It is worth noting that the “national security” exception seems to be validated by the Council of Europe. Point II.5 of the Recommendation CM/Rec(2014)7, related to its personal scope, states that : « A special scheme or rules, including modified rights and obligations, may apply to information relating to national security, defence, intelligence, public order or international relations of the State ». Therefore, an EU framework for the protection of whistle-blowers in these cases related to national security could be helpful.
Beyond the problems linked to definition and delimitation of the content of information in order to identify a whistle-blowers, the conference gave the opportunity to distinguish whistle-blowers from those who may disclose information but cannot be considered as using their right of alert.
Disclosing information out of a professional obligation
In order to adequately protecting whistle-blowers, one should distinguish them from other actors who also disclose information but for other reasons than denouncing «mismanagement, corruption, illegality, or some other wrongdoing » of an institution, a government or a firm which they belong to and acting for the good of the organization they belong to. In the United states the whistle-blowers are often opposed to leakers, who disclose information by breaching laws applied to whistle-blowing.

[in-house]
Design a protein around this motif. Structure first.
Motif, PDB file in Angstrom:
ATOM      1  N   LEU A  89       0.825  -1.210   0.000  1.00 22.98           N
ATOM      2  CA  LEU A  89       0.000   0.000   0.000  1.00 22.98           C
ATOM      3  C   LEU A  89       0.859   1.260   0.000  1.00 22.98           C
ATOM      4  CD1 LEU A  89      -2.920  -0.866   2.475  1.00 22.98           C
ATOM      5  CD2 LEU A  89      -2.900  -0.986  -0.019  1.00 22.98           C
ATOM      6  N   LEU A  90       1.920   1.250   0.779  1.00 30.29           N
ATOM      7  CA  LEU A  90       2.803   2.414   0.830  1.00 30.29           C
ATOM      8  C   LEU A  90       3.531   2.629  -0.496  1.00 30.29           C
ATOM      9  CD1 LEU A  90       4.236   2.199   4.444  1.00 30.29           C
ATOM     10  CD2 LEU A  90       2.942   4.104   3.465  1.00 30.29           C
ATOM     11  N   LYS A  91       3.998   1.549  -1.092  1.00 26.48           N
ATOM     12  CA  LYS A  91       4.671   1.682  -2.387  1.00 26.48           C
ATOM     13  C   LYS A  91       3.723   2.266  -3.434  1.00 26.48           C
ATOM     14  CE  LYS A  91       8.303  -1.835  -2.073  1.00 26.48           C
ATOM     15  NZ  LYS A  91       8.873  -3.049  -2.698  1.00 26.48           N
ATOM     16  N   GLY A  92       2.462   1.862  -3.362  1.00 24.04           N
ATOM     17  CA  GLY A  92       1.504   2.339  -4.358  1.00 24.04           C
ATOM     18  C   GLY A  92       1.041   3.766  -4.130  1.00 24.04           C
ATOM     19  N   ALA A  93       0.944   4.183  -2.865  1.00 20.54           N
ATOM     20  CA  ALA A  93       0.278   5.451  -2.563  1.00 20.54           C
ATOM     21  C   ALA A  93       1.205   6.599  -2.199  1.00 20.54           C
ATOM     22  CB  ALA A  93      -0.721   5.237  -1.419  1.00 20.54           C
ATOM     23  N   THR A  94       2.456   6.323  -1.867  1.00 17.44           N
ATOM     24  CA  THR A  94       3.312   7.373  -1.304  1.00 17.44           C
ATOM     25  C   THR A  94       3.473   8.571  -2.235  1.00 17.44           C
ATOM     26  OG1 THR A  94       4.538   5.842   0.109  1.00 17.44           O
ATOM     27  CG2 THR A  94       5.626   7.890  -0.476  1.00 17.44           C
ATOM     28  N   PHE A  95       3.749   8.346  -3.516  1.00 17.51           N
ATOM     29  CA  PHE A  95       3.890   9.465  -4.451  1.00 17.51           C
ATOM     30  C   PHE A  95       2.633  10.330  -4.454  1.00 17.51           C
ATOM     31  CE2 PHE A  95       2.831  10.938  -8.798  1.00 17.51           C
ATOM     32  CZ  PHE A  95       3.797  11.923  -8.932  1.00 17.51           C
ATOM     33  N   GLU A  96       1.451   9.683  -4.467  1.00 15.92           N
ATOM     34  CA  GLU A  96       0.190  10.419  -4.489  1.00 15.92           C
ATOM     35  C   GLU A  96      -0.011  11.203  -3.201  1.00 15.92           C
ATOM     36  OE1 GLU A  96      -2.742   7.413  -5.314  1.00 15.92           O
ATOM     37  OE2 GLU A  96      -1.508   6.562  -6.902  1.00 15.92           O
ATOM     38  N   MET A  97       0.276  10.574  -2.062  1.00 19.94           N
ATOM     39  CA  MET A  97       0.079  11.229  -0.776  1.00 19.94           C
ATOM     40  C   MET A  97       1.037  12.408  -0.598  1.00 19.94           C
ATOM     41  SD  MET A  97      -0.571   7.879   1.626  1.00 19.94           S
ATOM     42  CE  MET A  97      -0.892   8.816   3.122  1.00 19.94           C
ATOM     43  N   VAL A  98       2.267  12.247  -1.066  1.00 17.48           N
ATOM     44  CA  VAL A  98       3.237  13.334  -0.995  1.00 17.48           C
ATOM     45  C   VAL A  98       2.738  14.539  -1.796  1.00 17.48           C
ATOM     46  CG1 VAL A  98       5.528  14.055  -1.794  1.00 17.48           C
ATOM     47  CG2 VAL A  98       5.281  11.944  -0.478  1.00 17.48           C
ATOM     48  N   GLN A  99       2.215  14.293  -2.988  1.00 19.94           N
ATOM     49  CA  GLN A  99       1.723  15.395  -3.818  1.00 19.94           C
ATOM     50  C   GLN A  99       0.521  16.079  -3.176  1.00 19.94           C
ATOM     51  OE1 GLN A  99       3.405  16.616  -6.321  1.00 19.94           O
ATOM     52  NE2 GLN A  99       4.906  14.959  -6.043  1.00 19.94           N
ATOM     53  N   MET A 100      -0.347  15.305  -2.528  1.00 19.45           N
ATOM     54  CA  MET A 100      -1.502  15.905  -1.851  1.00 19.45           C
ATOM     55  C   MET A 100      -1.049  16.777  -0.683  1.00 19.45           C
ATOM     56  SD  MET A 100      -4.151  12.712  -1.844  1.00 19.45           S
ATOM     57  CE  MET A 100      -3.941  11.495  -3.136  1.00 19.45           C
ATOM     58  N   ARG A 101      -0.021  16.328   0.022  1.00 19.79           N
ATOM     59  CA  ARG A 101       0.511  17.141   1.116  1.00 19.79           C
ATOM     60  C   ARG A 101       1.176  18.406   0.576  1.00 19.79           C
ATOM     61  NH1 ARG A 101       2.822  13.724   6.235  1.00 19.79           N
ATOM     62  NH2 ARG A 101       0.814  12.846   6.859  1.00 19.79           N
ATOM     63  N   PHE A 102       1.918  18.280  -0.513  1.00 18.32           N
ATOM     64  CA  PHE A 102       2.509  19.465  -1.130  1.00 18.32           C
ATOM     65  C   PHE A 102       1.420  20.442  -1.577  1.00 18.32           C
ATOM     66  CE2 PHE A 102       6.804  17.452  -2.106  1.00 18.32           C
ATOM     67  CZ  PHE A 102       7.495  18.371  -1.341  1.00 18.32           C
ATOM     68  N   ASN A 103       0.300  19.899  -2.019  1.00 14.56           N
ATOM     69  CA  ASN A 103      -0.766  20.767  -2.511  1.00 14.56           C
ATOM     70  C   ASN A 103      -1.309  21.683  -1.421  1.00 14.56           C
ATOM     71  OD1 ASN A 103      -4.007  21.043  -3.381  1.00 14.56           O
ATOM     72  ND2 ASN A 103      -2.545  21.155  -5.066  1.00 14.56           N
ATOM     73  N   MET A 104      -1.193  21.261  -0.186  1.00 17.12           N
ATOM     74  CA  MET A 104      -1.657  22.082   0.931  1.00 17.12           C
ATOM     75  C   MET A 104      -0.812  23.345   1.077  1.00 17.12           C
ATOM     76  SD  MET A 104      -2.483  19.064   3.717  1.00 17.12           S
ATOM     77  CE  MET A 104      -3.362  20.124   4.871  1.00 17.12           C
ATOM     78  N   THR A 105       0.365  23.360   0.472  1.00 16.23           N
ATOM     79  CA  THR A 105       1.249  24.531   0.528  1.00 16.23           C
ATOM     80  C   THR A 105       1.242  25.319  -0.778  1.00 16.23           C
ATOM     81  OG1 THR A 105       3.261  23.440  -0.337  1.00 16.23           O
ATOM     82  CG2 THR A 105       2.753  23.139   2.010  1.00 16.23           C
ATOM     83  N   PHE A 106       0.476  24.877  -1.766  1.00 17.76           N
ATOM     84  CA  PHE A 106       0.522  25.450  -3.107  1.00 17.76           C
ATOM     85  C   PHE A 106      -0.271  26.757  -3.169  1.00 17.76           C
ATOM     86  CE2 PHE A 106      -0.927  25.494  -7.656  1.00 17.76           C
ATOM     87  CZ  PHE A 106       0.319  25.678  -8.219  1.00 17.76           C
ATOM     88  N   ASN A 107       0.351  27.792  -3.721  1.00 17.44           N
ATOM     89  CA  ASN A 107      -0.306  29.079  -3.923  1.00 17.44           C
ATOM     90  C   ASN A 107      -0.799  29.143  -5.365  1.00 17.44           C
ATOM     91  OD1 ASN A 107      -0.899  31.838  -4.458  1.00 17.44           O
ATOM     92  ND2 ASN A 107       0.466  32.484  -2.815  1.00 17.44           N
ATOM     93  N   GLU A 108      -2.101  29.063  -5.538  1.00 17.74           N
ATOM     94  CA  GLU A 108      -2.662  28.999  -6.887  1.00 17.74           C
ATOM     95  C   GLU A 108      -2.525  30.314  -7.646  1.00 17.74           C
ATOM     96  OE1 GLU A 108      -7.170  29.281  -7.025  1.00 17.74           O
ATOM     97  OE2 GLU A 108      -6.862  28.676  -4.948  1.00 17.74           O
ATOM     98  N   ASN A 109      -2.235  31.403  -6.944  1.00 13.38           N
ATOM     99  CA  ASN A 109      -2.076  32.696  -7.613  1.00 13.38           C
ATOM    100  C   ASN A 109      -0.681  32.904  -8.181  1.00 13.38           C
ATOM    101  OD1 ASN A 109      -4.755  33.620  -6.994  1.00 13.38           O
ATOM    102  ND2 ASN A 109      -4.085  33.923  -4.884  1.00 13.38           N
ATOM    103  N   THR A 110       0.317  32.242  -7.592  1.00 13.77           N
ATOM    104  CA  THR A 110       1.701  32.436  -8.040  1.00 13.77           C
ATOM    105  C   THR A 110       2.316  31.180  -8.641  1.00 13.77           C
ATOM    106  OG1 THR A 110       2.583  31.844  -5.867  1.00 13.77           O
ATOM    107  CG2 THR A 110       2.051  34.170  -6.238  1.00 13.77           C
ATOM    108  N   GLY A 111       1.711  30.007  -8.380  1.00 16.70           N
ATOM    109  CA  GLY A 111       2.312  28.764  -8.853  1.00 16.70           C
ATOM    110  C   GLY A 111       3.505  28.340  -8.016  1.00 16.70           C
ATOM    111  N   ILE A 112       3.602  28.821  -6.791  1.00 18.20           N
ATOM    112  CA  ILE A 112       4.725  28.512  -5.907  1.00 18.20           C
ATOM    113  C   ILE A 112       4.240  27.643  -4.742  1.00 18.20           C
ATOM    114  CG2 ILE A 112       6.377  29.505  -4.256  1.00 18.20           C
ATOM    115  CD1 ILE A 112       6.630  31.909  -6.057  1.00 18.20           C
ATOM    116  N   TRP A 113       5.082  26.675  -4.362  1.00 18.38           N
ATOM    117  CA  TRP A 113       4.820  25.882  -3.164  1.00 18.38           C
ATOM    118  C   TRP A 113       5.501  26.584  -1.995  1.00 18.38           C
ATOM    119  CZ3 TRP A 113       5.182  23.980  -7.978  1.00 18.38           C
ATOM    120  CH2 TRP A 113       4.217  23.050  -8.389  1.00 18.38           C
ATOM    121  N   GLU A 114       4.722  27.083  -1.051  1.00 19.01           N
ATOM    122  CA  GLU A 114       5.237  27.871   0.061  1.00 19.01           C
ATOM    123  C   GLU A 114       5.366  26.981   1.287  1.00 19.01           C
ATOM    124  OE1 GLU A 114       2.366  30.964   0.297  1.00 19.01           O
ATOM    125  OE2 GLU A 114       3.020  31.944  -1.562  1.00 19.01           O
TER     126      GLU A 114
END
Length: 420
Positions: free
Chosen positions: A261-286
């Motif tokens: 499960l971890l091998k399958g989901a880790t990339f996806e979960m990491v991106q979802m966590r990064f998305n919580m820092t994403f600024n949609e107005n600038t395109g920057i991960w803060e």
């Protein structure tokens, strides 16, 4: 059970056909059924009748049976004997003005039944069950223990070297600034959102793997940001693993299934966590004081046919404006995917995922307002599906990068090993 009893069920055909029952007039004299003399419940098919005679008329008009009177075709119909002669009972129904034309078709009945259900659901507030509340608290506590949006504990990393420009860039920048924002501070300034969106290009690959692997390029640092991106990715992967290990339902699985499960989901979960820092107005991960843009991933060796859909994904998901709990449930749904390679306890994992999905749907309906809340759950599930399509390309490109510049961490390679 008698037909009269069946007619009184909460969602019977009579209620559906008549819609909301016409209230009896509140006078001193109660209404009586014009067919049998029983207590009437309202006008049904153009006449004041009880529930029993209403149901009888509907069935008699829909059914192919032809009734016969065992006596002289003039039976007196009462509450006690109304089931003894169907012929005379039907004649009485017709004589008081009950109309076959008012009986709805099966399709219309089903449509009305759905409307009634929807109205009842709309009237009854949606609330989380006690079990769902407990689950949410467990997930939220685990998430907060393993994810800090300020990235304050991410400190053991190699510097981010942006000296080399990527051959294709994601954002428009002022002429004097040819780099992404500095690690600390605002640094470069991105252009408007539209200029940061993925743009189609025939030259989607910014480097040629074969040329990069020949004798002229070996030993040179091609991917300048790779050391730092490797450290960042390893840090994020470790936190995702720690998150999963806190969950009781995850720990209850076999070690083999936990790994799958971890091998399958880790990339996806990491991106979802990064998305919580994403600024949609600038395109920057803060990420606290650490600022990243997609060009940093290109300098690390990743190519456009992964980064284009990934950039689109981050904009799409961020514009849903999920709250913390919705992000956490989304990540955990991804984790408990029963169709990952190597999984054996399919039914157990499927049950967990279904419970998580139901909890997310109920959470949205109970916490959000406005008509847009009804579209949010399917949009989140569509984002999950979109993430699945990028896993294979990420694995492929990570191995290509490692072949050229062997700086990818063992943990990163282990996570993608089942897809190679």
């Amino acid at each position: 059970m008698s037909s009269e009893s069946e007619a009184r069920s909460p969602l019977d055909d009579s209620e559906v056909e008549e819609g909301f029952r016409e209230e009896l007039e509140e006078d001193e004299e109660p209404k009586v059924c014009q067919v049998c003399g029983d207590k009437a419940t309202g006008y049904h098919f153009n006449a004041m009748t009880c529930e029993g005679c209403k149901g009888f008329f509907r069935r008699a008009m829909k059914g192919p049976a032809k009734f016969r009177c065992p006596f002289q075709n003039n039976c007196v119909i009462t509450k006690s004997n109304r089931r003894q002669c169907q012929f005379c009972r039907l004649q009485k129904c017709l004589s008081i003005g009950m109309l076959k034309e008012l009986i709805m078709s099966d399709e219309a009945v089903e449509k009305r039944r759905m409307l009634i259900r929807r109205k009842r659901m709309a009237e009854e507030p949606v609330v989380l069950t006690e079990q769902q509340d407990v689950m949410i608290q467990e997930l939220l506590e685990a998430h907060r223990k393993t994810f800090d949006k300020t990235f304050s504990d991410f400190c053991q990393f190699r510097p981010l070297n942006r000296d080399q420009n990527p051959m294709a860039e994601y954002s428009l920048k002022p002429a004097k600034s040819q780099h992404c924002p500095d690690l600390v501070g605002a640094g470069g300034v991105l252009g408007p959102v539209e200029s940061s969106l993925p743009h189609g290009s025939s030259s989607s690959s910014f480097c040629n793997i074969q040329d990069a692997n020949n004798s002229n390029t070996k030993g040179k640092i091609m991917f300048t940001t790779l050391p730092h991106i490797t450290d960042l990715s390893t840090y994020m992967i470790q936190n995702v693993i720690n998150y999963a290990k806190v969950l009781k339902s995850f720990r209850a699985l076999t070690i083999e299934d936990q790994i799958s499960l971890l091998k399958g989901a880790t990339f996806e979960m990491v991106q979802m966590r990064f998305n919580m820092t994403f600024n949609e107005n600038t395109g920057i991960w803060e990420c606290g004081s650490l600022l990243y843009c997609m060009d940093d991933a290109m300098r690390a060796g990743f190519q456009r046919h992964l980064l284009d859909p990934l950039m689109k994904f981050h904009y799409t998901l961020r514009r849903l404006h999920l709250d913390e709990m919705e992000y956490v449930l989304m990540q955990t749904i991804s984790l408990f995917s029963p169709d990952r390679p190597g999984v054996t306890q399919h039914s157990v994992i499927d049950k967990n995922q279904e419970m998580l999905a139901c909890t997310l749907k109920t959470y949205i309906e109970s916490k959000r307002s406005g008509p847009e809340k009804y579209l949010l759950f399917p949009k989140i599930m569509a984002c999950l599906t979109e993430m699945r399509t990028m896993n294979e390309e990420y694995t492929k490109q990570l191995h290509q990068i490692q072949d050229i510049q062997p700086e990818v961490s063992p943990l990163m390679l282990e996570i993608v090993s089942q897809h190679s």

In the US where the legislation applicable to whistle blowing is much more developed than in Europe, the respect for procedures established in order to disclose information is of utmost importance. Jean-Philippe FLOEGLE, who raised this issue during the conference, stressed the way it reduces the distinction to « exemplary employee »/ defector » and maybe does not tackle the problem in its complexity. Furthermore the protection as « whistle-blowers »is not intended to promote transparency of firms, or even governments, but to fight against fraud and corruption.